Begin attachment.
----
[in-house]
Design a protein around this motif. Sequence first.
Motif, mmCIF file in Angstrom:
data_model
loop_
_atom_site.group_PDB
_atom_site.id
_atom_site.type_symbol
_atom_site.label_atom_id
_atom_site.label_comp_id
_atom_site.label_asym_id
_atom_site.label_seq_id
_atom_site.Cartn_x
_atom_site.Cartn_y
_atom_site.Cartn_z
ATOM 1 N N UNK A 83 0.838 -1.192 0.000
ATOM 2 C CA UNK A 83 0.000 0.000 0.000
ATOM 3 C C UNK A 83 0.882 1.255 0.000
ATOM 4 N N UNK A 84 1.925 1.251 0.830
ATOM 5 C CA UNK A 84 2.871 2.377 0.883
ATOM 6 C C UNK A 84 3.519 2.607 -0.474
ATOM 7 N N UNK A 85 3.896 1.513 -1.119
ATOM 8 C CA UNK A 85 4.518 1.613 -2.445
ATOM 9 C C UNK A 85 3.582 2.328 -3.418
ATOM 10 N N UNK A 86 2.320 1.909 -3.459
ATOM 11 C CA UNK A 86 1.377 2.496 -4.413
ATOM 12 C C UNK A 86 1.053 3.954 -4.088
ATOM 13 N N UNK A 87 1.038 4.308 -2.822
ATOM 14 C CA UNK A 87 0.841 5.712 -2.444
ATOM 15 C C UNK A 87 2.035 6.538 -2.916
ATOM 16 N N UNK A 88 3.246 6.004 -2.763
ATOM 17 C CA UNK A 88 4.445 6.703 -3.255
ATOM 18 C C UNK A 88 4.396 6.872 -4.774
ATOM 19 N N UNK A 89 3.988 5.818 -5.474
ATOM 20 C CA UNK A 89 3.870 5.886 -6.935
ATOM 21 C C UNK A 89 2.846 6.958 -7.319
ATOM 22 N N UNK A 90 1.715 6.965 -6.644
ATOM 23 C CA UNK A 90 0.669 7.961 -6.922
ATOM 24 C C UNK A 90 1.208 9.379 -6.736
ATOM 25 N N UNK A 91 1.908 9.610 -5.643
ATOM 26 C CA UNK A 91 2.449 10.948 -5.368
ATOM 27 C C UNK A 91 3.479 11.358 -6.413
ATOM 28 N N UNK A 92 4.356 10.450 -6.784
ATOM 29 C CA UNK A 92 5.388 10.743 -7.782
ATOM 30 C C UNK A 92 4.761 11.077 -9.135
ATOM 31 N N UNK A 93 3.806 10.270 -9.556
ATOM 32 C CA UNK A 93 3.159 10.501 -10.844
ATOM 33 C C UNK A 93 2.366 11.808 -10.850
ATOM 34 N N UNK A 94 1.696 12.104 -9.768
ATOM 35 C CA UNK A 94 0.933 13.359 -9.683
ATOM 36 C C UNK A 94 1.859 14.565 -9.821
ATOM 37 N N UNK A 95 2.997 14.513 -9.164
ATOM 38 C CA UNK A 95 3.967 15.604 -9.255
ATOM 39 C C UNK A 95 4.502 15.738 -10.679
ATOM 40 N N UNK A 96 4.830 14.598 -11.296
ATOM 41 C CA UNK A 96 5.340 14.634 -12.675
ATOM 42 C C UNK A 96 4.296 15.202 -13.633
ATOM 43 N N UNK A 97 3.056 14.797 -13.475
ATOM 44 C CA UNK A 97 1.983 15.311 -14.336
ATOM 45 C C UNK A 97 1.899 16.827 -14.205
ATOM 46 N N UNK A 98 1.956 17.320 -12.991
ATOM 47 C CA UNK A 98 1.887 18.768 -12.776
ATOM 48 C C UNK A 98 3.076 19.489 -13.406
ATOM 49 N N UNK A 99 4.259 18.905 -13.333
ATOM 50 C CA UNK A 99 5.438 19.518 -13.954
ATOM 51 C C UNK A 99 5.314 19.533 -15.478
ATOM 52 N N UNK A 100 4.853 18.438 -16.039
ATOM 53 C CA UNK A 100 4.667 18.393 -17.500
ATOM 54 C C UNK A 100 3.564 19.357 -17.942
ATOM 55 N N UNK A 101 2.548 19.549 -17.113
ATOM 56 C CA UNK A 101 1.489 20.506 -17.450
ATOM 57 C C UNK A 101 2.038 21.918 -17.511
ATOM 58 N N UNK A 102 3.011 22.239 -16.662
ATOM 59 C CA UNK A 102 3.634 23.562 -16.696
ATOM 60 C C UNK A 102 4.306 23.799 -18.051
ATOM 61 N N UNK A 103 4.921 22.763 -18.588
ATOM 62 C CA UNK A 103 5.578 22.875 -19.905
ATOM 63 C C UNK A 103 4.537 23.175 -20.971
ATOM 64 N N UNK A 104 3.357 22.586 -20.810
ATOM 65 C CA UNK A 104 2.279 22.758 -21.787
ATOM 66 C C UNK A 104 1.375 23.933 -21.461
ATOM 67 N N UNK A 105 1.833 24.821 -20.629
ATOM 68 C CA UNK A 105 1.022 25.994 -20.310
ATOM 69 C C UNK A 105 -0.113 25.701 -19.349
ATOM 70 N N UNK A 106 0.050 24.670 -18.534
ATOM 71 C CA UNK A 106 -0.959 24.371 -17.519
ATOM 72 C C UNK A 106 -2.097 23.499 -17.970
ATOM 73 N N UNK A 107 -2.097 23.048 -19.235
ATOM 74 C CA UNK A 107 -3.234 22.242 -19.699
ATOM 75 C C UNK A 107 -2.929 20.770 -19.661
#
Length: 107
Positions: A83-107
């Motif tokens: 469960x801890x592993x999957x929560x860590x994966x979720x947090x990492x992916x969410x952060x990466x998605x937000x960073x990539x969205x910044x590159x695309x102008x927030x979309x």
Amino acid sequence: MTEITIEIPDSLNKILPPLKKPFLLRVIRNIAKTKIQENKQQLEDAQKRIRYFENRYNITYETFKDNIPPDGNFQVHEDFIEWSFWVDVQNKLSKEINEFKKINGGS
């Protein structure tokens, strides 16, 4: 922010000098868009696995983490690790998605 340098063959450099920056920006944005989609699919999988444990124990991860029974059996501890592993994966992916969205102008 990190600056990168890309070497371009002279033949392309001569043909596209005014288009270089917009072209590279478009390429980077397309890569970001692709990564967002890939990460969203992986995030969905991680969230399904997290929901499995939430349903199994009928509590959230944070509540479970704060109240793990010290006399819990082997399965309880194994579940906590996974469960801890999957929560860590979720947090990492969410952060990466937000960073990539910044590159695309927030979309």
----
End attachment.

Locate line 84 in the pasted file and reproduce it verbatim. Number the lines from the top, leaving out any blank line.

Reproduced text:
ATOM 69 C C UNK A 105 -0.113 25.701 -19.349